There is a bit of aspirational professionalism in most Associate teams. In some ways they are the feebler shadows of more accomplished full-member teams. Afghanistan, though, is almost all heart and joy. This isn’t to say they don’t play like professionals, but they have the soul of amateurs. (Full Coverage|| Fixtures||Photos)
The professionalism was evident in the way they bounced back from a wobbly 86 for 4, batting cautiously for a short while to wade over the crisis before they turned it on again at the finish.
More of that free-flowing spirit was uncorked on Saturday night when they crushed Zimbabwe to move on to the main draw where they have the skill to create an upset or two. Unsurprisingly, the chief alchemist of happiness was Mohammad Shahzad.
Pity Mark Nicholas wasn’t on air for the game. The posh voice of hyperbole might well have crooned grandiosely: ‘Here comes Shahzad, here comes entertainment’. And he would have been spot on this time. Shahzad is easily the most entertaining batsman in world cricket today and the man with the fastest bat speed in business. A kind of batsman who makes even adults shake heads and laugh like kids.
It’s difficult not to like him. Cheeky, full of dare, generous adipose tissue that helps ramp up his adorable quotient, the underdog associate status that doesn’t hurt his cause, but above all that audacious headspace that produces such unadulterated joy, not seen since the heydays of Shahid Afridi. Lest it be mistaken, there is not much of a similarity in the style for Shahzad is a batsman with a wider array of shots.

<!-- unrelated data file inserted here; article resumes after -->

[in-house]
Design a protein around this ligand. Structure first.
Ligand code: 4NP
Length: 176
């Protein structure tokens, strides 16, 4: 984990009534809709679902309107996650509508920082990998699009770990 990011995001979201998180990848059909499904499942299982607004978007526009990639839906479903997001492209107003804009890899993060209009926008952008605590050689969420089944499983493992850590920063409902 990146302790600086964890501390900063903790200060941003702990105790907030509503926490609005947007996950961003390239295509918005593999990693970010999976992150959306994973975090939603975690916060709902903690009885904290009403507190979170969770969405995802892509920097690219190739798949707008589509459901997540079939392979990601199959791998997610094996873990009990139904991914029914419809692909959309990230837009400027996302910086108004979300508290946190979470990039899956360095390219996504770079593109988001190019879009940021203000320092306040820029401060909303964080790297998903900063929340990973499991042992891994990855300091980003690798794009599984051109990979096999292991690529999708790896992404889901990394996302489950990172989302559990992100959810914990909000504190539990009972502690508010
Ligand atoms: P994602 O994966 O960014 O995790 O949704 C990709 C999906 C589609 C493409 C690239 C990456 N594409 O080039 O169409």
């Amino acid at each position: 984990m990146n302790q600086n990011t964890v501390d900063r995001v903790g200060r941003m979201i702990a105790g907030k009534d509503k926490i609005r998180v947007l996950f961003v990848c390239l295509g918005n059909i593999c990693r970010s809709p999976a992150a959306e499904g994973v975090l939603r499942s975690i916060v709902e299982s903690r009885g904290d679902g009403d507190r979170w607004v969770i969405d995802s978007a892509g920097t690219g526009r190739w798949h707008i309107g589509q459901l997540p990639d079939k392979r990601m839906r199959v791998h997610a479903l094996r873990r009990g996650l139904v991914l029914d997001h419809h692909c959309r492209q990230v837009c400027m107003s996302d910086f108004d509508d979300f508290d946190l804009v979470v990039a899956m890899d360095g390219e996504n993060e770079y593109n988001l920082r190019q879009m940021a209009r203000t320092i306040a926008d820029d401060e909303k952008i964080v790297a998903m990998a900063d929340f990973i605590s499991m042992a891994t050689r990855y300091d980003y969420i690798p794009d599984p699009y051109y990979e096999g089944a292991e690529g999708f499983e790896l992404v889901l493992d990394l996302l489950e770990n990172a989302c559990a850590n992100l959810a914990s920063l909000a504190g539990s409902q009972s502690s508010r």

Afridi was a heaver, Shahzad is a cheeky strokemaker; Afridi a slogger, Shahzad a basher. But like Afridi, Shahzad finds it difficult to resist having a go.
For that matter Afghanistan, generally, find it difficult to resist having a go. And so, it was really fascinating to see them react the way they did at 86 for 4. Shahzad had settled down with a cup of tea, and it was a make or a break moment in the middle. Would Afghanistan continue to go for the broke and disintegrate? Will they be daring losers who know how to win your heart but not the battle?
Luckily for them, they were steered through the mini-crisis by the 31-year-old Mohammad Nabi and the 29-year-old Samiullah Shenwari, the most experienced players who have played in every one-day game their country has ever played. Their story, like most of the Afghan players, is known: Russian war made them refugees in Pakistan where they fell in love with the game, and how well they have carried on with that love affair. This situation wasn’t new to Shenwari, who had lifted Afghanistan from the despair of 97 for 7 with a 147-ball 97 to help them chase down Scotland’s 216 in the last World Cup in New Zealand.
They pushed and drove for singles and Nabi survived a stumping chance on 20, a match-turning moment — he had charged down to the impressive Wellington Masakadza, who had the skill to tie down Shahzad for two overs with the new ball, but the ‘keeper Richmond Mutumbami made a mess of it. Had he done his job, Afghanistan would have been 96 for 5, and who knows what could have transpired. As it turned out, Nabi and Shenwari calmly batted them out of trouble before they went hammer and tongs to reach a matchwinning total.